• C08LCOMPOSITIONS OF MACROMOLECULAR COMPOUNDS
    • C08L5/00Compositions of polysaccharides or of their derivatives not provided for in groups C08L1/00 or C08L3/00
    • CCHEMISTRY; METALLURGY
    • C08ORGANIC MACROMOLECULAR COMPOUNDS; THEIR PREPARATION OR CHEMICAL WORKING-UP; COMPOSITIONS BASED THEREON
    • C08LCOMPOSITIONS OF MACROMOLECULAR COMPOUNDS
    • C08L5/00Compositions of polysaccharides or of their derivatives not provided for in groups C08L1/00 or C08L3/00
    • C08L5/16Cyclodextrin; Derivatives thereof
    • AHUMAN NECESSITIES
    • A61MEDICAL OR VETERINARY SCIENCE; HYGIENE
    • A61KPREPARATIONS FOR MEDICAL, DENTAL, OR TOILET PURPOSES
    • A61K2800/00Properties of cosmetic compositions or active ingredients thereof or formulation aids used therein and process related aspects
    • A61K2800/40Chemical, physico-chemical or functional or structural properties of particular ingredients
    • A61K2800/56Compounds, absorbed onto or entrapped into a solid carrier, e.g. encapsulated perfumes, inclusion compounds, sustained release forms
    • CCHEMISTRY; METALLURGY
    • C08ORGANIC MACROMOLECULAR COMPOUNDS; THEIR PREPARATION OR CHEMICAL WORKING-UP; COMPOSITIONS BASED THEREON
    • C08JWORKING-UP; GENERAL PROCESSES OF COMPOUNDING; AFTER-TREATMENT NOT COVERED BY SUBCLASSES C08B, C08C, C08F, C08G
    • C08J2301/00Characterised by the use of cellulose, modified cellulose or cellulose derivatives
    • C08J2301/08Cellulose derivatives
    • C08J2301/26Cellulose ethers
    • CCHEMISTRY; METALLURGY
    • C08ORGANIC MACROMOLECULAR COMPOUNDS; THEIR PREPARATION OR CHEMICAL WORKING-UP; COMPOSITIONS BASED THEREON
    • C08JWORKING-UP; GENERAL PROCESSES OF COMPOUNDING; AFTER-TREATMENT NOT COVERED BY SUBCLASSES C08B, C08C, C08F, C08G
    • C08J2301/00Characterised by the use of cellulose, modified cellulose or cellulose derivatives
    • C08J2301/08Cellulose derivatives
    • C08J2301/26Cellulose ethers
    • C08J2301/28Alkyl ethers
    • CCHEMISTRY; METALLURGY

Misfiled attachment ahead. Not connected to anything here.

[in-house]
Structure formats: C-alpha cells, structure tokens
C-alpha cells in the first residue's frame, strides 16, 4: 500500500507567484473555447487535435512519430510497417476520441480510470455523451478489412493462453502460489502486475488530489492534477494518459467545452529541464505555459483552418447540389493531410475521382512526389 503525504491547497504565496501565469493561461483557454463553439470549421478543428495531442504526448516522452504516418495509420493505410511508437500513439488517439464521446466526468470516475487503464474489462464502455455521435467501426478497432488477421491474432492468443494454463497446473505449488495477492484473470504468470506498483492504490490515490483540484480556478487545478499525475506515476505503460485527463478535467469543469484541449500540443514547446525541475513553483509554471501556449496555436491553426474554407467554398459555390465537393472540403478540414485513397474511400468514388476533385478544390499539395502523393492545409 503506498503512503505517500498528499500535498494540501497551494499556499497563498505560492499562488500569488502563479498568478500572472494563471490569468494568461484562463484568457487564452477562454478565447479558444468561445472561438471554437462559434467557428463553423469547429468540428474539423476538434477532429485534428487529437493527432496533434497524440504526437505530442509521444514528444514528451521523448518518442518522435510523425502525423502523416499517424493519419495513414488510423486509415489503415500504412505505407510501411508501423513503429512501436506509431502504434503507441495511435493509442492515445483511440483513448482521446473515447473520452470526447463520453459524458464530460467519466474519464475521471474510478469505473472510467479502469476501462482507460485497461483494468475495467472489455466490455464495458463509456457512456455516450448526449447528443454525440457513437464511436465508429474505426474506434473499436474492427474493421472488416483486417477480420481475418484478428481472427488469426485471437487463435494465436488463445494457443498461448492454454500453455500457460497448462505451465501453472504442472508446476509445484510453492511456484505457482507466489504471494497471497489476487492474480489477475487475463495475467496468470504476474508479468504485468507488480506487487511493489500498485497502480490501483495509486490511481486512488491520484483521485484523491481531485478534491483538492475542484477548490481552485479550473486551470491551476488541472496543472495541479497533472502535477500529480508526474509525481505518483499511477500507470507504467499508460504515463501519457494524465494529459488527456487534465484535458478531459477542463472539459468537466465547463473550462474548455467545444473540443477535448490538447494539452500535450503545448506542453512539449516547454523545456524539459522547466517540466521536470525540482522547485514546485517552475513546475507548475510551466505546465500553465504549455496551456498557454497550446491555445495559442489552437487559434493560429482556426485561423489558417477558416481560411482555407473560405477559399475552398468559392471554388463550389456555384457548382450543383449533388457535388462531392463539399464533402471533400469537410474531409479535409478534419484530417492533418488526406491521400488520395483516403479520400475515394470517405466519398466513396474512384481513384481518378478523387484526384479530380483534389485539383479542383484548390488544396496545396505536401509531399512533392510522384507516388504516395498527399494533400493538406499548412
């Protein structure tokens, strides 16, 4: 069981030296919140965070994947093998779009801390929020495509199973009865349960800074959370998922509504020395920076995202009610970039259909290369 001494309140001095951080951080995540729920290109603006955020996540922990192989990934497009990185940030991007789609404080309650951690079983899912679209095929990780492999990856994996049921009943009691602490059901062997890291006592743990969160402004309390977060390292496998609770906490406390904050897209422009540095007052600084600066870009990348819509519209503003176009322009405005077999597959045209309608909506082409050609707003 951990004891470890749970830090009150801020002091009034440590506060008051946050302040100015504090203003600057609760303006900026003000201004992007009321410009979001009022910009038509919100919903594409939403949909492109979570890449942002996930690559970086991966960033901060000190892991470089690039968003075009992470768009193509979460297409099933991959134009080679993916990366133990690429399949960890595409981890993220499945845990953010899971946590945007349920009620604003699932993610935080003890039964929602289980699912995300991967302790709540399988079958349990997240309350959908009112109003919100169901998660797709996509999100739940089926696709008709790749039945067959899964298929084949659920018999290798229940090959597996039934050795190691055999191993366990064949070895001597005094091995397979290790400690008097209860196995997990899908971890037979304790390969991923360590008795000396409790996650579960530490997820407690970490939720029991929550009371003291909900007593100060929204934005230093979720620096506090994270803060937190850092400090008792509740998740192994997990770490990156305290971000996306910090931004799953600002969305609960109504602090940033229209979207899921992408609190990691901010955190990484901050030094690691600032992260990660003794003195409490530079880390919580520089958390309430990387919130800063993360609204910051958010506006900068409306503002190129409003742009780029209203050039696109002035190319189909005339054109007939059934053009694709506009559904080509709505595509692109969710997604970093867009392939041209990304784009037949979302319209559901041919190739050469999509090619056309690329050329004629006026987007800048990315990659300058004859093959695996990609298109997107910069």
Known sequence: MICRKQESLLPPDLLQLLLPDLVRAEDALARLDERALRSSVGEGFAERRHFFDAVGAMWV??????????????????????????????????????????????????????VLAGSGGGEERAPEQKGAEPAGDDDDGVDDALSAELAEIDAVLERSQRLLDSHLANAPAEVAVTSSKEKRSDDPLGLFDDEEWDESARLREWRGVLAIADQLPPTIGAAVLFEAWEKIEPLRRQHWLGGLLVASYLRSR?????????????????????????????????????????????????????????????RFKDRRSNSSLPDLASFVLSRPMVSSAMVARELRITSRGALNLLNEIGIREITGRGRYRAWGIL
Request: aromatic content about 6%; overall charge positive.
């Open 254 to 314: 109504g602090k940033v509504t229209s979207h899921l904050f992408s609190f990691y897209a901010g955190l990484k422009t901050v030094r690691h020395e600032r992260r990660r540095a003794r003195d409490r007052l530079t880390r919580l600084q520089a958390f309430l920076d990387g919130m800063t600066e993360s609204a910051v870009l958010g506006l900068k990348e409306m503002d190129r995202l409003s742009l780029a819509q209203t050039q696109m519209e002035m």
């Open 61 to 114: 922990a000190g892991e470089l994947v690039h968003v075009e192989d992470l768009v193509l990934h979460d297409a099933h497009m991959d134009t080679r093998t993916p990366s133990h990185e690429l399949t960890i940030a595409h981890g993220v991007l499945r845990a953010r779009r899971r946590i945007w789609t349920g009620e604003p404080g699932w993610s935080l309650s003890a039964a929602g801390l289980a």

• C08ORGANIC MACROMOLECULAR COMPOUNDS; THEIR PREPARATION OR CHEMICAL WORKING-UP; COMPOSITIONS BASED THEREON
    • C08JWORKING-UP; GENERAL PROCESSES OF COMPOUNDING; AFTER-TREATMENT NOT COVERED BY SUBCLASSES C08B, C08C, C08F, C08G
    • C08J2305/00Characterised by the use of polysaccharides or of their derivatives not provided for in groups C08J2301/00 or C08J2303/00
    • CCHEMISTRY; METALLURGY
    • C08ORGANIC MACROMOLECULAR COMPOUNDS; THEIR PREPARATION OR CHEMICAL WORKING-UP; COMPOSITIONS BASED THEREON
    • C08JWORKING-UP; GENERAL PROCESSES OF COMPOUNDING; AFTER-TREATMENT NOT COVERED BY SUBCLASSES C08B, C08C, C08F, C08G
    • C08J2305/00Characterised by the use of polysaccharides or of their derivatives not provided for in groups C08J2301/00 or C08J2303/00
    • C08J2305/16Cyclodextrin; Derivatives thereof

Abstract

The invention relates to a method of obtaining hydrogels based on (i) cyclodextrins, (ii) cyclodextrins and cellulose ethers or (iii) cyclodextrins and guar gum or the derivatives of same, using molecules containing two or more glycidyl ether groups in the structure thereof as a cross-linking agent. The invention also relates to the compositions thus obtained, which can include active substances and pharmaceuticals and which form inclusion complexes with cyclodextrins. The invention further relates to the use of same as components of controlled-release devices, such as transdermal pharmaceutical forms, vaginal, otic, ocular, rectal, oral or buccal transmucosal forms and parenteral implants, which are designed to administer active substances or pharmaceuticals to humans, animals or plants, or as components of cosmetic formulations. In addition, the invention relates to the use of said compositions as chelating agents in the extraction of biological or toxic molecules from living organisms or contaminating substances from water.

Description

    FIELD OF THE INVENTION
  • The present invention relates to a process for obtaining hydrogels formed by: i. cyclodextrins or their derivatives; or ii. cyclodextrins or their derivatives, and cellulose ethers or their derivatives; or iii. cyclodextrins or their derivatives, and guar gums or their derivatives; iv. and, furthermore, using as a crosslinking agent: molecules containing in their structure two or more glycidyl ether groups; the compositions obtained by this process; and the use and applications of the compositions in the preparation of dosage forms, medicinal products, plant protection products, sequestering agents and cosmetic products.
  • STATE OF THE ART
  • In recent decades, along with the continuous improvement of immediate-release dosage forms, a growing interest has arisen in the development of more complex formulations that can prolong the drug delivery process, maintaining therapeutic levels for long periods of time (first generation of controlled delivery systems), specifying the moment in which the delivery is to commence (second generation of controlled delivery systems) or even providing a delivery rate regulated by the presence of a certain substance, the concentration of which is a function of the degree to which the organ or tissue is affected (third generation of controlled delivery systems) (Chien and Lin, Clin. Pharmacokinet. 41: 1267-1299, 2002). The current concept of a safe and effective dosage form also includes, in certain circumstances, the need for the drug to be released into the most suitable tissue or organ. These approaches are able to optimize the pharmacological effect, reduce the side effects, simplify treatments and improve therapeutic compliance.